Bianchi Handed Two Super Licence Points For Collision With Maldonado

Jules Bianchi has become the second driver to have two points added to his FIA Super Licence, following an incident in todays Malaysia Grand Prix. The official reading from the stewards, is that “Car 17 [Bianchi] collided with Car 13 [Maldonado] in Turn 4” on the first lap of the race, which we saw on TV resulting in both Bianchi and Maldonado spinning off the track and loosing track position. The Marussia driver was awarded a five second time penalty, which meant that on his first pitstop his mechanics had to wait five seconds before they worked on the car.

However upon closer inspection, it seems the decision made by the stewards might be worth revisiting as it has emerged that an earlier collision on the run up to Turn 4 between Bianchi and Vergne might be the reason why the Marussia driver was unable to slow down in time and avoid the contact between himself and the Lotus of Maldonado. The FIA state that the offence committed by Bianchi was to be “involved in an incident as defined by Article 16.1 of the FIA Formula One Sporting Regulations” which states that a driver has been referred to the stewards because they “caused a collision” with one or more drivers.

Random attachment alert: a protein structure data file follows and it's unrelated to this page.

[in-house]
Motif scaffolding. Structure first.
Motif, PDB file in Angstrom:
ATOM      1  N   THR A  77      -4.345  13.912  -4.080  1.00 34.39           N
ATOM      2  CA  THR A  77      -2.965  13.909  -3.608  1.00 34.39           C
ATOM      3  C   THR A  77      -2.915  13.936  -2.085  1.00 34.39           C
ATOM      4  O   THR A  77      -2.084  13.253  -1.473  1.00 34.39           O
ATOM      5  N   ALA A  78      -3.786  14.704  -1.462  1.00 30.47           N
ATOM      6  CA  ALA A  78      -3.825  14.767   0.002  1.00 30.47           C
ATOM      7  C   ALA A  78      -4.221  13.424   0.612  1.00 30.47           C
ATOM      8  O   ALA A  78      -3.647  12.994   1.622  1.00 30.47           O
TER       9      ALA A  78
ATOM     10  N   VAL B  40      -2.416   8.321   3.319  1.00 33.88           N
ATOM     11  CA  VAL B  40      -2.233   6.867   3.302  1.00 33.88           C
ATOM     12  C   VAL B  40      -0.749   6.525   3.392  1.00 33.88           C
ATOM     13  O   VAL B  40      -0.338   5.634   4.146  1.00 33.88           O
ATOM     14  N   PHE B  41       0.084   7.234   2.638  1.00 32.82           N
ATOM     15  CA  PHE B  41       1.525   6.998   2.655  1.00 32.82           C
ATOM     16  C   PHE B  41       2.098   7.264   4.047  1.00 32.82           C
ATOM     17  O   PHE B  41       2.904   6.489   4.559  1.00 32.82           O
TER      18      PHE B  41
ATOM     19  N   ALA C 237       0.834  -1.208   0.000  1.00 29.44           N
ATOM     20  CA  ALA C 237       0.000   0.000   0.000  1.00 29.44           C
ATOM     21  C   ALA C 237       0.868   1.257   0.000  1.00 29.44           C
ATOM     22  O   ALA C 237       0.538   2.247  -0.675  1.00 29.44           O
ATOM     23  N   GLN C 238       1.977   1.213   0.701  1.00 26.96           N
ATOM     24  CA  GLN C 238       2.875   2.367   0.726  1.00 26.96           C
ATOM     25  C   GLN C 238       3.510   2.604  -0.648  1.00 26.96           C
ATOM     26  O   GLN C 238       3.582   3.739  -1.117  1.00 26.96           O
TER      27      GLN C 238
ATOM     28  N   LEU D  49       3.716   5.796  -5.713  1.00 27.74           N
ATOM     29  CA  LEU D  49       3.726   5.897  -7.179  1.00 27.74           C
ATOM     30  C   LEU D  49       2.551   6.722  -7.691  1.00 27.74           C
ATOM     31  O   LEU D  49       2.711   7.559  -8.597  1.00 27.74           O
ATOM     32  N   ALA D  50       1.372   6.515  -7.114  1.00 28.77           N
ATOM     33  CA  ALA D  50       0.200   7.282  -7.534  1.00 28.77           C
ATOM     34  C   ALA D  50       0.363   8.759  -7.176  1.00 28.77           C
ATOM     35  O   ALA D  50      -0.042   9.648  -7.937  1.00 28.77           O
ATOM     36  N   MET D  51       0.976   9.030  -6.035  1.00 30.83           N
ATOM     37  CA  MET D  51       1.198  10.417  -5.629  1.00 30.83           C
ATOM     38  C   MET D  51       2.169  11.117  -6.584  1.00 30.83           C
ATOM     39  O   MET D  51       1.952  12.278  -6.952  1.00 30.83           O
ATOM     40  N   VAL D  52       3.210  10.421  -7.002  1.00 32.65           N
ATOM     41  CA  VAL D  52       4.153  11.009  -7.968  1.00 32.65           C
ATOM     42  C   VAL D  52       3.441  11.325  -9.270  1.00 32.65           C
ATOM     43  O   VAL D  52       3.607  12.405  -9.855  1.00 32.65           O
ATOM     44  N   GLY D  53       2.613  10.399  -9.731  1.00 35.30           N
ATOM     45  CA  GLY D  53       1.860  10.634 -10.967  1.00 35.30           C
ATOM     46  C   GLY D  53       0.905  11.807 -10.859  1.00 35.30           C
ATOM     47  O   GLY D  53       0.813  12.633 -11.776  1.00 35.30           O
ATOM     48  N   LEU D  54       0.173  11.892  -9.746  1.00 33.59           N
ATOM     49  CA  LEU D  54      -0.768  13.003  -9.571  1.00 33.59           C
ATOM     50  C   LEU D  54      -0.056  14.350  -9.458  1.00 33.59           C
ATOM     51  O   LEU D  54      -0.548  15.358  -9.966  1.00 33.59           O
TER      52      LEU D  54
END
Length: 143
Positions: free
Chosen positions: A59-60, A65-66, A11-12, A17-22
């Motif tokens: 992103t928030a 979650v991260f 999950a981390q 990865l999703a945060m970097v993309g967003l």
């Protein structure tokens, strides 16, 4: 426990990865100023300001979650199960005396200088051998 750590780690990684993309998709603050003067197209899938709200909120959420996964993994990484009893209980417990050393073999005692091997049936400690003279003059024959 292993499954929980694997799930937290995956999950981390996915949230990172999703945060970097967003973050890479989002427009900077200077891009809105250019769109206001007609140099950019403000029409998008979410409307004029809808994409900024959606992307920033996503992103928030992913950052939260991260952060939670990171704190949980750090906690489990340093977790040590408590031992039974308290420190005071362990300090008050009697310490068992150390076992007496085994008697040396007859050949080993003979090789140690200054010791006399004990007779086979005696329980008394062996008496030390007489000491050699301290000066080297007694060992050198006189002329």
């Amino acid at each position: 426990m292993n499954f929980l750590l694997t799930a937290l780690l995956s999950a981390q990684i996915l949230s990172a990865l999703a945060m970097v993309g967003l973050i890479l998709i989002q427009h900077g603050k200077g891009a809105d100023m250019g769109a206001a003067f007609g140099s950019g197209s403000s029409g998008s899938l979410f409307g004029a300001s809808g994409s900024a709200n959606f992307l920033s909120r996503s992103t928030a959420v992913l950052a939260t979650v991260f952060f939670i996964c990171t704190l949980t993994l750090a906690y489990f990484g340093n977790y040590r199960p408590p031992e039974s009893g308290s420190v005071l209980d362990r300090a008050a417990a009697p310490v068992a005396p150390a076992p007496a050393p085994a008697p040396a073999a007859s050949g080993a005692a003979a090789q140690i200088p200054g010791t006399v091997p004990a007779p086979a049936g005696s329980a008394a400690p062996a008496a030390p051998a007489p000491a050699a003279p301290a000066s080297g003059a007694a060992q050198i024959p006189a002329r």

Whilst the stewards do state both Maldonado and Bianchi as cars that got caught up in the incident, it does not note the earlier collision between Vergne and Bianchi on the run up to turn 4, which the onboard from Vergne’s car showed the Toro Rosso’s front wing tagging the rear tyre of Bianchi’s Marussia causing an instant puncture. This then led to the documented incident which we saw on screen.

Causing a collision is often referred to as the stewards as “causing an avoidable incident,” however if a driver has a puncture heading into a braking zone, isn’t their ability to stop compromised? This certainly looks like the case with Bianchi. The car was squirming as he hit the brakes heading into the corner, which send it sliding and into the side of the Lotus. Whether the FIA know something we don’t and can prove that the tyre did not get punctured through telemetry provided by Marussia is perhaps why they issued the penalty, although it seems strange that they would also add two Super License points for an incident which is unclear.

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